Here’s how a former dairy factory in Huntley became housing

Former Cornell dairy factory, H.D. Catty building home to 38 apartments near downtown Huntley

Nick Ieremciuc of Wauconda-based True North Properties shows off an apartment in the Cornell Apartments near downtown Huntley on Tuesday, Sept. 5, 2023. The building was formally the home to the Cornell Brothers Milk Condensing Factory and H.D. Catty.

Jacob Haug is lactose intolerant, but his apartment building is full of dairy references.

The apartment number on the doors feature dairy product names like gouda cheese and sour cream, and the building gets its name from the dairy factory that once occupied the building.

“I appreciate the irony,” Haug said.

Haug is among the first tenants to live at the Cornell Apartments at 11117 S. Church St. near downtown Huntley. The apartment complex gets its name from the Cornell Brothers Milk Condensing Factory, which called the building home before packaging company H.D. Catty opened its plant there in the 1940s.

The Cornell Apartments now houses 38 apartments, with sizes running from 625 square feet for some of the studio units to 1240 square feet for some two-bedroom apartments. Rent ranges from $1,300 for studios to $2,000 for two-bedroom apartments. A furnished one-bedroom apartment offered on a short-term lease also goes for $2,000 a month.

Haug originally is from Belvidere and works in Cary, he said. He was looking at apartments closer to work and found the one in Huntley.

Jacob Haug in the kitchen area of his two-bedroom apartment in the Cornell Apartments near downtown Huntley on Tuesday, Sept. 5, 2023. The building was formally the home to the Cornell Brothers Milk Condensing Factory and H.D. Catty.

“We really liked the area,” Haug said, referring to his family’s decision to move to Huntley.

They moved in Sept. 1 and have been enjoying taking advantage of nearby amenities and downtown Huntley.

“We kind of like its downtown,” Haug said. “There’s 11 parks within walking distance.”

Despite being lactose intolerant, Haug also appreciates that the building has signs of its dairy past, including barn doors in the lobby that prominently feature old cheese labels.

“It’s kind of cool it has that hint of what the building used to be,” Haug said. “We definitely like it for an aesthetic purpose.”

Nick Ieremciuc of Wauconda-based True North Properties shows off the Cornell Apartments near downtown Huntley on Tuesday, Sept. 5, 2023. The building was formally the home to the Cornell Brothers Milk Condensing Factory and H.D. Catty.

Other items around the building remind visitors and residents that the apartment complex used to be a factory.

Load-bearing beams and poles are prominent, which developer Nick Ieremciuc of Wauconda-based True North Properties said was a challenge when creating the apartments. Sprinkler pipes remain visible in the building, but some residents think the beams and pipes, among other features, add to the building’s charm.

“People will prioritize apartments that have sprinkler pipe exposed,” Ieremciuc said.

An industrial track remains visible in one of the one-bedroom apartments, and residents whose apartments occupy the space that was the loading dock have their own entrances.

The historic building had a long road from housing factories to apartments.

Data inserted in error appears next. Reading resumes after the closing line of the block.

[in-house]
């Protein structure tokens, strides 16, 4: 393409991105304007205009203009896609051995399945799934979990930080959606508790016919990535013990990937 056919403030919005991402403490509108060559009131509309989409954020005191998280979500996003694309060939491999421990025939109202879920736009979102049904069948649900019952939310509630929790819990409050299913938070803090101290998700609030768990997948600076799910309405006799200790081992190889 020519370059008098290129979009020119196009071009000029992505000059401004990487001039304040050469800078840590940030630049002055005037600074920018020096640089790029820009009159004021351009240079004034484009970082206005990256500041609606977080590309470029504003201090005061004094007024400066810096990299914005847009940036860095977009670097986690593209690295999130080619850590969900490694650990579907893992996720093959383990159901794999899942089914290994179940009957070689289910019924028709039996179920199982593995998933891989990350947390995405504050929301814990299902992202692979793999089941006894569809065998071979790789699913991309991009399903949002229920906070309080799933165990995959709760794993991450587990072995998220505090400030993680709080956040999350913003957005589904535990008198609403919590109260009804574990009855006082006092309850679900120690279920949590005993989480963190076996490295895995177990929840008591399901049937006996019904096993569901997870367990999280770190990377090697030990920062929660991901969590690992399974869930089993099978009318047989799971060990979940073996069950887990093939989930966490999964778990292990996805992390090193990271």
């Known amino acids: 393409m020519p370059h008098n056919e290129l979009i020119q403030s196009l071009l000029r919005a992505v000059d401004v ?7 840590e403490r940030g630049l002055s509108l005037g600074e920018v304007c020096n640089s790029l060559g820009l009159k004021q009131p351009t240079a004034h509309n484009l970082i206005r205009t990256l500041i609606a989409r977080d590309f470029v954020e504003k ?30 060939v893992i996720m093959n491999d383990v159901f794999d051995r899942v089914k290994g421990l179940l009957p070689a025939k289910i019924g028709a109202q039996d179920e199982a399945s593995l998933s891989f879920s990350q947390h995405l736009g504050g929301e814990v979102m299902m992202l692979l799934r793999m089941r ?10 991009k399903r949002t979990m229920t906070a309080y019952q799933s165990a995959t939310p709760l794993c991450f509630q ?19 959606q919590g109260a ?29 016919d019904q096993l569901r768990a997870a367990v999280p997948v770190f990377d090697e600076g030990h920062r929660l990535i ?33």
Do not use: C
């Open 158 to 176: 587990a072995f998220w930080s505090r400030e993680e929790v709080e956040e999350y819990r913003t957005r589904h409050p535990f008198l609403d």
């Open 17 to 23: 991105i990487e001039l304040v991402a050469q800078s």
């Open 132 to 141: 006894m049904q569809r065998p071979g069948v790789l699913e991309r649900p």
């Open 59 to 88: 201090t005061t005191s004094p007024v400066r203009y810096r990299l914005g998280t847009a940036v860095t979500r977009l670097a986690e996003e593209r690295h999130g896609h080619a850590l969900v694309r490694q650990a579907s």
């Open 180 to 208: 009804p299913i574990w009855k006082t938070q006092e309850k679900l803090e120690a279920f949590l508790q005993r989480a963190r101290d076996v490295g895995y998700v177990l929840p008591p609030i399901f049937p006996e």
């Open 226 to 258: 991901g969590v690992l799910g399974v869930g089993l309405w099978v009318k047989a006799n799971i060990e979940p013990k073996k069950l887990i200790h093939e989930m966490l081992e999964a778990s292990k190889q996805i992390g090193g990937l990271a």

The Cornell building is about 120 years old, having been built in the late 1800s to early 1900s time frame, Huntley Director of Development Services Charlie Nordman said.

The Cornell Apartments near downtown Huntley on Tuesday, Sept. 5, 2023. The building was formally the home to the Cornell Brothers Milk Condensing Factory and H.D. Catty.

It was first occupied by a Cornell Brothers Milk Condensing factory, operating from 1905 to about the mid-1930s. That was followed by a brewery for a few years and the Fencil gas company in the 1940s, Nordman said.

From the mid-1940s to 2006, H.D. Catty occupied the building. A Naperville-based real estate agent bought the building after H.D. Catty left and then sold the building to the village of Huntley in 2017, Nordman said.

The village of Huntley paid $425,000 for the property. The Village Board approved its sale for $100,000 to True North Properties in April 2022, signing off on the plan to convert it to apartments.

As part of the deal, the village constructed a parking lot that can be used by both residents and the public and the developer promised an investment of about $5 million into the property.

“The village purchased it knowing it would be a tough property to develop,” Nordman said. “It preserved a historical building that wouldn’t have been preserved otherwise.”

Over the past year, Ieremciuc said he’s fielded interest both locally as well as from out-of-state residents considering a move to the Huntley area.

“We have had a lot of people who have had their eye on the building,” Ieremciuc said.

It’s a wonderful place to live. Everyone in Huntley is so nice.”

—  Avalon Lanz, Cornell Apartments resident

Among them was Avalon Lanz, originally from Kent, Washington, just outside Seattle.

She and her husband used to live in the Algonquin and West Dundee area, and then following a yearlong stint near Baltimore, she said her husband’s job brought them back.

She looked at the apartments in the former Faith Lutheran church and school building in Crystal Lake, and said Ieremciuc told her about the Cornell apartments in Huntley. Both properties were converted and owned by True North Properties.

She said she moved in a few weeks ago and appreciates the short walk to restaurants and coffee shops downtown.

Her apartment overlooks the train tracks that run through downtown Huntley, and she said she’ll see trains come through every now and then.

“Huntley is so cute,” Lanz said. “It’s a wonderful place to live. Everyone in Huntley is so nice.”